Monthly Archives: July 2009

Loki update…

He’s door-bell happy, ever since he figured out nudging the doggie-out-doorbell ( sleigh-bells hung from the kitchen doorknob) will trigger the nearest human to open the door to the fenced yard for him and his canine buddies.  He’s starting to ring it just to step outside and lounge on the deck.  Clearly he’s got the hang of this trick. Starting tomorrow we’ll start limiting how often it yields an open door.


According to records, on December 12, 2008, a puppy was born in the vicinity of Heard County, Georgia. By the accuracy of this date, this pup and his litter mates may even have been born in the Heard County Animal Control Center. Whatever the case, that is where this pup stayed until, like so many others, his time ran out. Fortunately in his case, he was rescued by Eleventh Hour Rescue, a non-profit group dedicated to saving the lives of innocent dogs on death row. Please, visit their site, read their ‘About’ page, look at the faces of the dogs they’ve rescued but still need homes. Every day across the country while happy families are buying purebreds and designer puppies, there are frightened, confused dogs in shelters, needlessly put to death for no other reason than lack of a home. This tragedy must stop. If there is room in your heart and your home, make the choice to save a life. Look at these faces…

They are all rescues, and all wonderful, loving, delightful members of our home. Left to right: Loki (7 months), Moxy (12 years) and Rex (3).  Loki arrived under the name Zeus, though he didn’t seem to acknowledge it, and we felt Loki, the Norse god of chaos and mischief, might be more appropriate for his playful personality. In one day’s time he’s already settling in quite nicely and catching on to house routines by following the other two.

To one reader in particular, if you see this, yeah, I know. And by the way, he looks just like a 40 lb. version of Ari in black.

More pictures to come!

Steering issues and marine surveyors…

It must be July, as once again we rebuild the steering. In truth, more like replace. This goes back to last summer when the helm pumps and ram were failing, which goes back to the previous fall when, prior to our ownership, a mechanic, while replacing the cutlass bearing, reinstalled the rudder with the tiller arm upside down. This was done after the initial survey and days before we picked up the boat to move her from Salem to East Dennis in horrendous November seas. This was reportedly inspected by Rob Scanlan, CMS/MMS Master Marine Surveyor, both before and after the initial survey, but was clearly overlooked.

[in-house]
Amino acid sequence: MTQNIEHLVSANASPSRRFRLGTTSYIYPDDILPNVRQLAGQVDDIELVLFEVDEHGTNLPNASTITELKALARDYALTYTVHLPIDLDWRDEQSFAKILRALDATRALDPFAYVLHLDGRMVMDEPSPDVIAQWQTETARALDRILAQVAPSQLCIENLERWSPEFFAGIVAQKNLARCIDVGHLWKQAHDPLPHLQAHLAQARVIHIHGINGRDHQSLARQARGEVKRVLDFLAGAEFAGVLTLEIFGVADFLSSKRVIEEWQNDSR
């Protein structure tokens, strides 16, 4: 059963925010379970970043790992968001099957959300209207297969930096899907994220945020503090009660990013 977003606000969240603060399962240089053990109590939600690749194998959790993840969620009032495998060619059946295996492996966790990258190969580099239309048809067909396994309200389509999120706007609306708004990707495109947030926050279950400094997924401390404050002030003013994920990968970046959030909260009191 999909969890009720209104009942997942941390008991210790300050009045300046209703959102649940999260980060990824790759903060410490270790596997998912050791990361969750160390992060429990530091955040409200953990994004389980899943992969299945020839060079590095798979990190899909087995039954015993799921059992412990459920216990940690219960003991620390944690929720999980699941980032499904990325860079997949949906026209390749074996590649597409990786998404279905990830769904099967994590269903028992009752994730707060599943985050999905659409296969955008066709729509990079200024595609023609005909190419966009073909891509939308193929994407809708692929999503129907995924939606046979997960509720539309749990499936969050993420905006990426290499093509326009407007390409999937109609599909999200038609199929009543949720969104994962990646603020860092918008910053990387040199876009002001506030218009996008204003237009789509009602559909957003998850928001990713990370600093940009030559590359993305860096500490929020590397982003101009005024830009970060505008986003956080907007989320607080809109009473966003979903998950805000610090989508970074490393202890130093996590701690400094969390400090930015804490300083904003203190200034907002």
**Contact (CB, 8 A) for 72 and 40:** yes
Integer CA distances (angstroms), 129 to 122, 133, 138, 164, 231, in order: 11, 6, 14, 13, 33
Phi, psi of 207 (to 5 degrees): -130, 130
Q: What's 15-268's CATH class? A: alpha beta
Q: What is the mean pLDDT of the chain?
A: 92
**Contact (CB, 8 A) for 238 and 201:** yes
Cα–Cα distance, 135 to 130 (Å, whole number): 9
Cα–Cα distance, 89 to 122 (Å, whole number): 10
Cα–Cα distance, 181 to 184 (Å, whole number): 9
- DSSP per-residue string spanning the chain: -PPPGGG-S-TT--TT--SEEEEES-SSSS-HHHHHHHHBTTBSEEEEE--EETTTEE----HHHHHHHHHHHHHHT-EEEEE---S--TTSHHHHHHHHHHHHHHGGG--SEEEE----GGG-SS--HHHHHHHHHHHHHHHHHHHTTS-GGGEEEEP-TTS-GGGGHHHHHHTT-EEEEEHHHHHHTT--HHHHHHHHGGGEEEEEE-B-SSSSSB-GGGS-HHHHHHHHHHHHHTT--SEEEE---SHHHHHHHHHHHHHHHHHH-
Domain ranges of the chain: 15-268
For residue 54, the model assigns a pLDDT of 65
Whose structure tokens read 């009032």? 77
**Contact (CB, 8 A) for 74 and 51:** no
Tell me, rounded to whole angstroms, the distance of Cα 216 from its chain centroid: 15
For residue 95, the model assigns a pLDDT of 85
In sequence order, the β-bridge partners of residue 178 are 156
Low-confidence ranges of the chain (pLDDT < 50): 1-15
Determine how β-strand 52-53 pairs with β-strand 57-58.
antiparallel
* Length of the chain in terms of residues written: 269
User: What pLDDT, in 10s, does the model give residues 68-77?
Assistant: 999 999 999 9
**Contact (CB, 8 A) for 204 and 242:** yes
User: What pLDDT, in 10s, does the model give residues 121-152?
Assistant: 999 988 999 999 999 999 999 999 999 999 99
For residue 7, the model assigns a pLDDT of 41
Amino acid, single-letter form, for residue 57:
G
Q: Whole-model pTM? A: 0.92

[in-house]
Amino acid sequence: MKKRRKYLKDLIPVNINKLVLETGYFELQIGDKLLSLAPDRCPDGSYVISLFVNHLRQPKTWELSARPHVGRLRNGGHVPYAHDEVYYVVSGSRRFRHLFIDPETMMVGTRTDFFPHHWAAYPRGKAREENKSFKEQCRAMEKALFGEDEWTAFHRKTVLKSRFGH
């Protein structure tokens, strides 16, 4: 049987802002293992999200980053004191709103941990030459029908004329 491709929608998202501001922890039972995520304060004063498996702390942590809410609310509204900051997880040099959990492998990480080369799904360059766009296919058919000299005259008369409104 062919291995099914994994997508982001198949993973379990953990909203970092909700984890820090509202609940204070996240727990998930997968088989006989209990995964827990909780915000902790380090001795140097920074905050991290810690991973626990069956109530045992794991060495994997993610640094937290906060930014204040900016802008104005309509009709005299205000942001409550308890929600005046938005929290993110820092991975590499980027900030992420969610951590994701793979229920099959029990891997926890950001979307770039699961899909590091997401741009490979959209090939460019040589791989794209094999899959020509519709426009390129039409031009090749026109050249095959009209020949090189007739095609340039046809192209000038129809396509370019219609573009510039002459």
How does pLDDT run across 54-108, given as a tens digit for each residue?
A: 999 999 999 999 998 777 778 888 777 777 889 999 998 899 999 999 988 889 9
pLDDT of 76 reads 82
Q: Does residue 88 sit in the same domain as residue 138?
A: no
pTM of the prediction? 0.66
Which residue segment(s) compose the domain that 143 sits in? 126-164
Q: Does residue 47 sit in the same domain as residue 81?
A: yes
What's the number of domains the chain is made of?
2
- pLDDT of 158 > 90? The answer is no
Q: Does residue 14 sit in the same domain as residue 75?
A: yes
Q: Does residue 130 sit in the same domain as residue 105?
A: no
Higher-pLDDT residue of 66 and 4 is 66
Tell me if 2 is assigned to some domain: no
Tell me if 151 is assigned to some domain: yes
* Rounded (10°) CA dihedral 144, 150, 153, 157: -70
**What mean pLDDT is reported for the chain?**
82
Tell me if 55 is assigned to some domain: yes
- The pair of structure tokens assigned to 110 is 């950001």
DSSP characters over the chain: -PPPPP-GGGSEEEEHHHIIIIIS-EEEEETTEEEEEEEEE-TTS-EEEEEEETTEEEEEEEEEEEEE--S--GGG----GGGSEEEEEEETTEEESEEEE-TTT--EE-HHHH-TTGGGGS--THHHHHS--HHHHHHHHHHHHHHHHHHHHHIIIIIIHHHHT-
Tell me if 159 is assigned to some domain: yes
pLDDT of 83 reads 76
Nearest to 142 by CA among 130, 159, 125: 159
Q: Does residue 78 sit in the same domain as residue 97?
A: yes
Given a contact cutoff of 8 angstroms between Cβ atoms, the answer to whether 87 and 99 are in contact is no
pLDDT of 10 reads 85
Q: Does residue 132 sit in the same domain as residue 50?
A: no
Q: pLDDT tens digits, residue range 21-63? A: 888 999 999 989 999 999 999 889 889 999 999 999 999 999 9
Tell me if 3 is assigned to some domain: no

This was just one of many issues, such as our well documented keel problem Rob Scanlan failed to note in his initial survey, as he was supposed to inspect the cutlass replacement and was reportedly present while the skeg was removed. I would like to note Mr. Scanlan NEVER sent me a final, complete survey following the sea-trial, even after numerous polite requests, all made prior to our realizing any of these overlooked issues. This oversight allowed the tiller to overswing the rudder stops, which in turn left the ram cylinder completely misaligned and allowed it to move far beyond the proper 30 degree angle, causing it to alternately bleed hydraulic fluid and draw air into the lines. This lack of hydraulic fluid contributed to the ultimate failure of both helm pumps, as well as the hydraulic fluid ‘burping’ from the upper helm destroying the mastic bedding on the bridge deck, which in turn caused leaking into the cabin and damage to the interior joinery. Needless to say, it was one very costly, and potentially critical oversights.

When I consider the conditions we travelled through with steadily failing steering, I realize we were fortunate things hadn’t turned out worse. Far worse. We hired Mr. Scanlan, a “Certified and Accredited Master Marine Surveyor”, as an agent to inspect the boat thoroughly, a boat many hours from our home, and we paid for a full survey, not just the ‘insurance’ survey, knowing we’d be travelling a good distance in an unfamiliar boat late in the fall as the weather went from bad to worse, only to find oversights such as this.  Mr. Scanlan’s site was filled with glowing praise and testimonials, and it seems oddly surprising that his survey missed a number of critical points. It is unfortunate that Rob Scanlan never returned my calls or sent me a final survey, and it is unfortunate that ultimately I’m left wondering whose interests he was serving; the buyer, who he may likely never meet again, or the yacht broker with whom I’m sure he’s had past dealings with and will likely see again through his career.